Hope Star from Hope, Arkansas on September 14, 1938 · Page 3
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Hope Star from Hope, Arkansas · Page 3

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Hope, Arkansas
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Wednesday, September 14, 1938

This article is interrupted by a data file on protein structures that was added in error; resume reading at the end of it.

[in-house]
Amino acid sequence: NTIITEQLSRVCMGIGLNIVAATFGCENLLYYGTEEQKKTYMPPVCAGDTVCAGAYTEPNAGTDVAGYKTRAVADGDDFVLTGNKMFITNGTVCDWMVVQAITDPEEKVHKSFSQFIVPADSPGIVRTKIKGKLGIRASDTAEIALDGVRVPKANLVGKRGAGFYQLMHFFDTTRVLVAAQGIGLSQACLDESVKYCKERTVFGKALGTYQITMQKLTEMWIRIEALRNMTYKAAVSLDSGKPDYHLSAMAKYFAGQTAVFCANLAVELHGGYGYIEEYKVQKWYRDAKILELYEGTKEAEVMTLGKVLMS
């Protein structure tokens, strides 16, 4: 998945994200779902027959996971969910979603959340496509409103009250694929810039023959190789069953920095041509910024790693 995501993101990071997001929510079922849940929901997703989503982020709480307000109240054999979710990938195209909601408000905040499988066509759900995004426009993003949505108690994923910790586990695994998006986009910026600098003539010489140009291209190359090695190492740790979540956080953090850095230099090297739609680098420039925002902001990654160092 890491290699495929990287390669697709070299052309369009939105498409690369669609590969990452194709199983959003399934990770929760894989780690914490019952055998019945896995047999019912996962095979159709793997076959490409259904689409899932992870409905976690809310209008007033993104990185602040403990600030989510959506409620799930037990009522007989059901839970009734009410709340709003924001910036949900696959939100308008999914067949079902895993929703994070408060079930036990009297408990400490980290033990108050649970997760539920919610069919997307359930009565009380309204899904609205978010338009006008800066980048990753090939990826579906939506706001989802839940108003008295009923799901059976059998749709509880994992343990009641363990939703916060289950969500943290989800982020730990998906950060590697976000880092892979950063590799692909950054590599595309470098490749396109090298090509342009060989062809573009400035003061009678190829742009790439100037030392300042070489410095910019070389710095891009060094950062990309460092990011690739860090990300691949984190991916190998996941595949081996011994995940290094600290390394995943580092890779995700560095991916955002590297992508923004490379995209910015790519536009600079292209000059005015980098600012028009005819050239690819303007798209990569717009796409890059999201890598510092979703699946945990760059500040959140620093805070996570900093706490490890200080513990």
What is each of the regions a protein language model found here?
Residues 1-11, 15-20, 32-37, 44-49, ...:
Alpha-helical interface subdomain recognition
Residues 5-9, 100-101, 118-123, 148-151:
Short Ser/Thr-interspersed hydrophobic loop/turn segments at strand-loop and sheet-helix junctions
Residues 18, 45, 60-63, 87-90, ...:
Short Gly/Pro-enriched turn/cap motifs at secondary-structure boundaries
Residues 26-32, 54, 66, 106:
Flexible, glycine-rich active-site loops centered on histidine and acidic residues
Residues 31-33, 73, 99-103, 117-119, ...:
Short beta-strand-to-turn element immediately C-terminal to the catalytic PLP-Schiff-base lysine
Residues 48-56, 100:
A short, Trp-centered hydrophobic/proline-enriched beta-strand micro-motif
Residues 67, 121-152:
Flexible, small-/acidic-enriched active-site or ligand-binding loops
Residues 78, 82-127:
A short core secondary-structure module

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_ Wednesday, September 14, 1938 HOPE STAR,, HOPE, ARKANSAS PAGETKREE Tho Seasons The four seasons in four forms appear, shape they wear. Spring first, like infancy, shoots out her head, With milky juice requiring In be fed; Proceeding onward, whence the year began, The Ninnnier grows adult, and ripens into man. Autumn succeeds, a .sober lepicl age. Not fro/en with fear, nor boiling into rage.-; La.sl, winter creeps along with tardy pace, Cuur dii hi.s front, and furrowed in his face.- Selected. MLs;i Sarah Ann Holland has ic- tumecl from a vi.sil with relatives and friends in Greenville, Texas. -O- Miss Ooriithy Guntor will leave Monday for Denton, Texas, where she will enter her junior year in Texas College for Women. Miss Kalleen Cooper left Tuesday I for Helton, Texas, where she will re-I siune her studies in Mary Hardinl Baylor College. James Robert Cooper loaves Saturday for Waco, where he is a student in Baylor University. - Q - 'Irciup No. 1 Ciirl Scouts are requested to meet al •( nVIock. Thursday afternoon at the First Baptist church for a swim and picnic lunch at the Pines. -.-O- Mis:: Patricia Thomas left Sunday for Arkiid'.*l|.'hia where she will enroll in Henderson Stale Teachers College. —C Among Hnpe friends attending the funeral sorviccs held for Mrs. Sallic Etter in Washington Tuesday afternoon were Mr. and Mrs. Ivason Pil- kintnn, Mr. and Mr.s. 1'Yank Trimble, Mrs. Will Orion, Miss Jane Orton, Miss Mary CaiTi.nnn. Miss Ellen Carrigan. frit .Stuart. Kelly Briant and A. E. SlonequeNt. -O- Charlos CYutchfiehl left Sunday for Houston Texas, where he will enroll as student in Rice Institute. —O- Miss Lucille Murphy left Monday morning for a week':; visit in Danville, 111. --O-Pi-le Oliver left Sunday to enter Henclerscn State Teachers College at Arkadelphia. —O— Mr. and Mr.s. Leonard Ellis have rekmiril from a vacation trip to Clarendon where they visited his parents. Mr. and Mrs. W. A. Ellis. -O- Mr. and Mrs. J. T. Buwdoii Jr.. announce the birth of a .-.even-pound girl, bom at 8:110 a. m. Wednesday. She has been christened Marcia Lee. Both arc doing fine. -o— Tile Edith 'lliump.son Sunday school class of the First Mcthodi.sl church will hold a picnic supper at 7:15 Thursday night at the home of Mrs. Charles HnrrclJ, West Fifth street. Those not having transportation may call cither Mrs. M. M. MeCloughnn or Mr.s. H. O. Kyler. An angel pan so I in its onward flight, With a seed of Love, Truth and Light, /Jncl cried, "O where can this seed be .sown Thai it will be most fruitful when grown?" The Savior heard and said, as he smiled, "Oil, plant it for me in the heart of a child."—Selected. To Prrach Wednesday D. O. Silvcy /will preach al Rocky Mound this Wednesday night, September 14. The public is invited. Pitched Battles —WEDNESDAY— MICKEY KOONKY "DOWN THE STRETCH" THUR. & FRI. Ginger Rogers in—"STAGE DOOR" A Big One Brought Back! —WEDNESDAY— .JOE E. BROWN "THE GLADIATOR" —THUR. & FRI.— Drama Aflame with Thrill of Flight ...Alive with the Beat of Human Hearts! RICHARD CHESTER MORRIS JOAN FONTAINE/ with HARRY CAREY^T A ^Directed by Lew Landers. jfPtodui-cd by Robert S/«Jt. P Story end acioea play by H Lionel Houcet. 15c MAT. THURSDAY By TWEEDIE LET'S TRV THEM ON LADIES Specialty Shop (Continued from Page One) the peace. Easing of Tension Two factors pointed to a possible amelioration of the war fever. In Berlin a Propaganda Ministry spokesman refused to regard the Sudeten demands as an "ultimatum." In Paris diplomatic circles said there was a split in the British and French cabinets over Sudeten demands for a plebiscite. Czech .sources in Paris said the Prague government might be forced to hold a plebiscite—which some believe was the demand Adolf Hitler made in hi.s Nurnberg speech Monday asking "self-determination" for tlie Germanic minority. In both London and Paris government leaders acted hastily. Britain's defense ministers met with Prime Minister Neville Chamberlain in a virtual war council, and Premier Edouard Daladicr of France kept a laic watch ill the War Ministry with high military advisors. Both countries were prepared for almost any emergency. Germany Is Silent BERLIN. German>—(/l'i—Adolf Hitler kept hi.s own counsel in his Bavarian mountaintop home early Wednesday while reports of more Sudeten Germans killed in Czechoslovakia poured in. His government watched developments closely and anxiously. Officials were very cautious in their comment while the official German news agency issued a denial from "n- formcd quarters" of reports circulated aboad of a "padtial German mobilization." The denial characterized these reports as "nonsense." No mention was made of a Sudeten German "ultimatur" to the Czeclio- slocak government. Instead, the news agency spoke of "four demands presented by the Sudetcns to President Eduard Bones of Czechoslovakia. A Propaganda Ministry spokesman -said the Sudeten move was not "considered an ultimatum" in Germany. He added that the demands were a matter concerning the Sudeten Germans alone. There were no external signs of the government's vigilance shortly after midnight. The Willielmstrassc was dark and quiet. Nazis Astonished Extreme bitterness was expressed in Nazi quarters as they waited for Hitler to moke sonic move. Nazis were astonished that six Sudeten Germans were killed according to their reports, and the Prague government dared im- po.se martial law only a few hours after Hitler at Nurnberg warned that "the Sudeten Germans arc neither! defenseless nor abandoned" by their friends. (Prague dispatches said four Slide- tens were killed in the disorders.) Nazi spokesmen said the Czecli action created a new situation and "justified the worst fears." They accused the Prague government of "open pro- Natural Girl Acts the and Always Wins Way She Looks Real Admiration for It People, who know Anita Louise, the bright, .young movie star, say she is one of the most natural girls in Hollywood ... or anywhere else. In (lie photo of her, above, notice the simple naturalness of her smile the sincerity of her expression, the becoming, personal way she wears her hair. vocation" and declared the guilt of 'continuing European tension" was at the feet of Czechoslovakia. What Hitler could or would do, short of employing force to back up his dramatically-proclaimed support of the 3,500,000 Sudeten Germans, remained a riddle in Berlin. LAST DAY WEDNESDAY This Ad Will Admit One FREE with One Paid 2(lc Ticket 1. Donald Woods, Nan Grey in "Danger on The Air" 2. JACK HOLT—in "ROARING TIMBER" TIIUK. & FIJI.—On the Screen The Higgins Family With JAMES GLEASON LUCILE GLEASON RUSSELL GLEASON FRIDAY—On Stage Direct From KWKH "THE SUNSHINE BOYS" with RAY and HOB SHKLTON COMPANY OF FIVE Coming—Koinco and Juliet Italy "Advises" Czechs ROME, Italy— (IP)— The lUilian government sponsored Tuesday night a statement advocating separation of the Sudeten German territory from Czechoslovakia as the only means of avoiding a European war. A bulletin .of. the semiofficial Infor- ma/.ione Diplomatica, distributed by the government, said the only alternative was "disorder and war." The same tone was reflected in the Italian press, which endorsed Chancellor Hitler's Nurnberg address. The directness with which dismemberment of Czechoslovakia was urged uclunishod many diplomats. Some remarked that the statement, widely believed to have been wrilcn by Premier Mussolini himself, was "much stronger than Hitler's speech." The world, the bulletin said, docs licit want a war designed only to maintain "the lordship of Prague over" the Sudetcns. Giving the Sudetcns the possibility of .separating from Prague," the statement continued, would be "shoosing the way to justice and above all the way of peace; (lie other solution is that of disorder and war." London Jlpeaks To . (Continued from Page One) City Meat Market FOR CHOICE K. C. and NATIVE MEATS Free Delivery Phone 7C7 Used Typewriters Woodstock, Royal and Underwood BARGAIN PRICES Harry W. Shiver Plumbing—Electrical Phone 259 Kepublican party, after fighting a war to keep (lie South in the Union unhappily for the nation has ever since pursued a tragic policy the effect of which lias been to keep the Sunlh out of the nation." Arkansas Republicans, whose biennial convention at the Hotel Marion Mr. Landon addressed briefly in the afternoon, gave mighty vocal 'approval as the Kansaii excoriated the New Deal and the "real and impending danger' of breakdown of American government into a one-party system. 'I lie convention, apparently inspired b.v (lie presence of the Republican 1936 standard-bearer and announcement of the victory in Maryland of Senator Millard E. Tydings, whose defeat was sought by personal appearances of I resident Roosevelt in Maryland, was conducted in a spirit of enthusiasm of optimism not noticeable at the 193-1 and 19;!ii Republican rallies here. Delegates and visitors really whooped tilings up prior to tin atfernoon convention session as the Missouri Pacific band sounded off on "Maryland, My Maryland!" and the Maine stein song. Mr. Landon departed from his text to draw an analogy between the Hitler regime m Germany and the Roosevelt administration. "Heil Hitler! shout the Nazis in control in Germany! 'Whatever he says is right. Mr. Landon said. "Hail Roosevelt! shout the New Dealers, wrapping themselves in their robes of false liberalism. Whatever he says is right." His comment on the Na/is' statement that whatever Hitler .said "is right" was in quotation of a remark made by Nazi Minister of Propaganda Paul Goebbels during the recent Nazi party convention. Just To Celebrate KLDORADO. lll.-Wi-Alec D. Haji- L'uck. a Baptist preacher, celebrated lu.s Mth birthday b.v running the 100- yard clash down the main street. A stop watch timed him at 18.2 seconds. Traffic was stopped for the event. By MARIAN VoUNG NKA Service Stuff Correspondent NEW YORK-The Natural Girl doesn't think the world owes her admiration. She's willing to earn it. And she does—not by posing all over the place, looking and being bored except when she's the center of attraction—bill by being a reasonably well informed, interested and interesting person who can contribute some thing to any gathering, A Natural is a wonderful listener. But an intelligent listener—not a blank-faced, unresponsive one. Fud- Ihermore .she docsn'l Ihink it dull lo lislen lo or talk to anolher woman. Sincerely liking women is part of her naluifal charm, and the fact thai like her, too, gels her more invitations lo more interesting parlies than 'any glamor girl ever had. Her manners simple, sincere, healthy natural. She doesn't accept invitations from people she doesn't like simply because she hopes lo meet people she will like at their houses. She doesn't go out a second lime with a man she can't tolerate jusl for the sake of going somewhere. She knows belter than to try lo impress any man about the exciting date she had last week or by intimating that she is a gloriously popular, so'ught-aflcr creature. She doesn't, in the old Glamor Girl manner, keep others waiting so she can make an impressive entrance. She's as punctual about her engagement, busness or social, as any considerate, succesful male executive. However, considerate through Miss Natude is. she never exudes "charm". And gel jusl about as far. She's gcn- Ue pedson who seldom loses her.tem- ped and never is rude to anyone, but she isn't namby-pamby. She can prove a point without seeming unfeminine. And she doesn't resort to the kind of craftiness which has gained women the reputation of not being as trustworthily frank as men. Typical of her kind some of Ihe newcomers lo John Robert Powers' famous list of photographers' models. Although strinkly beautiful (and how could they help'but know it?) not one of them believes that she can get by on looks alone. Being easy to work with, able to remain good-natured when tired and having a sense of humor arc part and parcel of the 1938 model's bag of tricks. Furthermore a great deal of a model sucess depends on her ability to retain her individualy. She, like Miss Natural, doesn't let herself become a lypc. A pleasent difference between Natural Girls and the now outmodeled Gla- mor Girls is that one can claim true membership in the former category without looking, acting and thinking. Kathcrine Aldritlge, above, one of John Robert Powers' most famous models is the personification of Ihe Natural Girl and rather convincng proof that .Beauty can gu along with brains. . She Is twenty, a former secretary, unmarried, and not interested in Hollywood, al 'nil like all olhcr Nalural Girls. Glamor Girls resemble one another all too closely. With her pale, rouge- less cheeks, bleacher hair cascading over her shoulders or else dragging down her face in Page Boy effect, claw- like, scarlet finger-nails, painfully thin figure, effected mannerisms and a vacant stare, even a noice could spot a Glamor Girl a mile away. The Natural Girl's claim to glory de- ponds on no such artificials. She may be tall, short, plump or slender or wear her hair up or down. But she's Baptism Is Theme of Collins' Talk Big Crowd Greets Evangelist at Gospel Tabernacle Service Evangelist Dexter E. Collins of Granada, Minn., spoke Tuesday night at the revival at the Hope Gospel Tabernacle on the subject, "The Baptism of the Holy Spirit and How to Receive He staled that the paramount need of the church today is the Baptism of the Holy Spirit for power to serve God acceptably. There was a splendid response to the call to accept the Lord and re- consecration as the evangelist closed the sermon and people from all over the house came to the old fashioned prayer altar. Friends, visitors and members alike arc enjoying the timely preaching of the forceful speaker nightly. Some arc actually receiving the baptism of £, oly Spirit "* in Biblc t'mes. The general public is invited to attend the services which begin each night at 8 o'clock. Rev. Collins promises one of the most interesting sermons of the campaign for Wednesday night Two-Week Court (Continued from Page One) Tydings Increases Lead Over Lewis Popular Lead Rises to 47,000 Votes in Maryland Primary BALTIMORE, Md.—(#")—Victor over the New Deal congressional purge, Senator Millard E. Tydings jubilantly watched late returns Tuesday night pile up a popular plurality that indicated a landslie in the state nominating convention'September 28. The conservative Democrat, seeking renominalion for his third term in the United States Senate against the direct opposition of Pserdicnt Roosevelt, led Representative David J. Lewis in 20 of Maryland's 23 counties and in four of Baltimore's six districts, several complete. On the basis of convention votes, Tydings apparently was assured of 117 to Lewis' 32. The Eastern Shore counties, where President Roosevelt visited Labor Day in behalf of Lewis, rejected him in favor of Tydings by almost a 2-to-l plurality. Arthur E. Hungerford, New Dealer and third entry in the bitter contest, was never a facttor in the race. The unofficial popular vote from 1,023 polling places out of 1,288 gave: Tydings 149,663 Lewis 102,107 Hungerford 7,939 Jim Mimms also was fined the same for theft of chickens from the Hall woman. Emmet Elder and Jim Mimms were held to the grand jury on a charge of grand larceny for theft of chickens from Da/ton Thompson. Bond for each was set at $300. T. C. Johnson, forgery, examination waived and held to circuit court under $400 bond for allegedly forging the name of E. M. Frisby to a check for $20 drawn on First National Bank of Hope and made payable to James Lee Smith. Pioneer Wholesale Liquors, Inc., was given judgment of $282.48 in a civil suit brought against Jett Williams for action on balance of account. Wayne H. England was given judgment of $117.39 in a civil suit against Charles Eugene Bryan for action on a note. De Darts Away CUXTON, Eng.—(/P)—Married 13 months, 22-year-old Mrs. Patricia Baker is a "darts widow." She said her husband's enthusiasm for playing the amusing without being sarcastic or Z^-JnETH i° r , playing(Uthe eaty, can win a man's admiration with- m£rfa£^ g ^ ^^ " P the ' r out turning on oceans of sex-appeal, realizes that her mind is something to be used, is gay, friendly, heallhy j exprcsse dlo me in large majority fa- happy. In other words, she's fun to I vor s John Bransford for speaker. Urge have around. She's a Natural! "— •'- • - - Will Ask Hines Same Query Again Prosecutor Dewey Contends Question Was Perfectly Legal NEW YORK— (/P)— The question which moved Supreme Court Justice Ferdinand Pecora to declare a mistrial for James J. Hincs will be repeated by Districl Attorney Thomas E. Dewey when the Tammany district leader stands trial again on charges he provided political protection for the Dutch SchulU policy racket. Dewey's aides made this clear Tuesday as they emphasized -their conviction that the district attorney had not erred legally in asking the M-wo'rd question which Justice Pecora characterized as "fatally prejudicial" to Hines' fundamental rights. Justice Pecora, recognizing that his decision had been criticized in some quarters, declared Tuesday a reversal would have resulted had the case gone to the jury and Hines been found guilty. The expense, he said, would have been greater in the case of a retrial than in a mistrial. Dewey himself said: "Hines will be brought to justice. I will move for a new trial at the earliest possible date." Dewey's aides said "the same or an identical indictment" would be used against Hines and Dcwcy himself defended the indictment as "perfect." The district attorney's assistants said the cases which Justice Pecora had cited in support of his decision were not relevant to the indictment in the Hincs case. The motion for a mistrial, made Saturday by Defense Lawyer Lloyd Paul titrykcr, was based on a question asked by Dewey during cross-examination of Lyon Boston, an assistant district attorney under former District Attorney William C. Dodge. Boston testified there was insufficient evidence presented lo the WHS "runaway" Grand Jury for Hines' indictment. "Don't you remember any testimony about Mines and the poultry racket there by him?" Deycy asked, referring to one of the grand jury witnesses. Justice Pecora said Tuesday that h.id Dewey said "poultry business" instead of "poultry racket" the mistrial motion would in all probability have been denied. Dewey's assistants disclosed that ai the next trial the prosecution will present its case in greater detail, and that the ,^mte is ready to put on the \vii- ness stand three handwriting expci l> to identify the author of the "J Hines" endorsement of the back >f a ijtfOO check, which Ihe state contends, was given Hines in partial payment for his protection of the racket. MIND Your Bransford Faces Speakership Fight Nyberg Takes Issue With Looks Uncanny To Us BAHRK, Vl.-t/r-i-Whon E. C. Sellberg scored u hule-in-onc at thoJ3aiTc country club, it was a distinctive feul Liucau.se: In the history of the club, onl.x four aces have been made at the No. 4, 175-yard hole, Sellberg's being the MANNERS T. M. Reg. U.-S. P»L OS. Test your knowledge of correct social usage by answering the following questions, then checking against the authoritative answers below: 1. Is it good taste lo wear dressy clohtcs for travel? 2. Is it all right for a woman on •shipboard to go into the smoking room alone? 3. What is the usual number invited lo a theater party? 4. Should a host al a theater party keep his guests waiting while lie procures the tickets? 5. At a theater party, should order of going down the aisle be a matter of sending the honored guests first? What would you do if— You are at a movie with a friend who has seen the feature before and insists upon telling you ahead of time each event that is going to happen— (a) Put up with il and say nothing? (b) Say, "Sslih! I don't want to know how it will turn out"? (c) Say, "Let me guess what will happen"? Answers 1. No. 2. Yes. 3. Six or eight. •1. No. 5. No, in the order of seating. Best "What Would You Do" solution—la) or (c). (Copyright 1938, NEA Service, Inc.) fourth. The other three were made by the other three players who made up the foursome with Scllbcrg and wilnesscd the feat. Governor's Endorsement Statement LITTLE ROCK Bailey gave John M. . Lonoko his "nod" of approval Tuesday for re-election as speaker of the House when the legislature convenes next January, but, hi.s plea that other candidates for the post "make it unanimous" fell on deaf cars in al least two instances. In a telegram to Reresentative Edward B. Bryson of Prcscott. Leo E. Nyberg of Helena and James R. Campbell of Hot Springs and Carroll C. Hollensworth of Warren, representative nominee, all of whom had been mentioned as possible candidates for the speaker-ship when the legislature convenes next January, Governor Bailey said: "Sentiment of Assembly members as you therefore to make it unanimous. Mr. Nyberg issued a statement Tues day night indicating that as far as he i concerned, the "unanimous" part defi nitely is "out." "I am not at all pleased with the governor's selection and am consdering running as an independent," Mr. Ny .berg, a patient at the Wildcat Mountain tuberculosis sanatorium near Fort Smith, said. Explaining that he had talked or written to many of the veteran house members and knew tvoisilasgeljrl members and they knew nothing of the Ark.— Governor| "large majority" mentioned in Mr Bransford of Bailey's telegram, Representative Nyberg saaid: "I am wondering who this ovcr- whelming majority is." Parker Reports BROOKLYN—Oce Parker has been granled a leave by Connie Mack of the Philadelphia Athletics for the remainder of the American League season and has rejoined the Brooklyn Dodgers of the National League of Professional Football Clubs. Parker, who was an All-America triple threat at Duke University, starred for the Flatbush flock in the lalter stages of the 1937 campaign. May Be Incompatibility NEW YORK-(/P)-The leading pass- catcher and the leading passer of the National Football league can't get. together. They have not been on Ihe same learn four of the past six years. In 1937 Sammy Baugh of ,the Redskins led the passers while Gaynell Tinsley of the Cards caught the most aerials. School Opens Mon. Don't Neglect Your Beauty Work. Our shop is well equipped for anything you need. Remember you get what you pay for and we use only the best. All Work Guaranteed Myrtice, Herloise Kathleen, Carmen Kate's Beauty and Gift Shop "For Something New Call 252" NEW Under-arm Cream Deodorant Safely STOPS PERSPIRATION 1. Does not rot dresses- does not irritate skin 2. No wailing to dry 1 can be used right alter shaving. 3. Stops perspiration for 1 to 3 days. 4. White, greaseless vanishing cream. 5. Arrid has been awarded the Tested and Approved Seal of the American Institute of Laundering for being HARMLESS TO FABRICS. ARRID 39f! and 59)! a Jar ARKANSAS COACHES LOW COST TRAVEL For lowest fares ride the Arkansas Motor Coaches. Unusually comfortable. Swift and convenient schedules. Safest drivers. Phone 363 For Schedule Information Bus DEPOT In Diamond Cafe FROM HOPE To: St. Louis . Hot Springs Tcxarkana .... Dallas Memphis Litllc Rock SpringhUl $1.55 _...?1.70 - 65 „ 4.25 . 4.70 2.25 1.93 HITT'S Srown^-' Shoe Store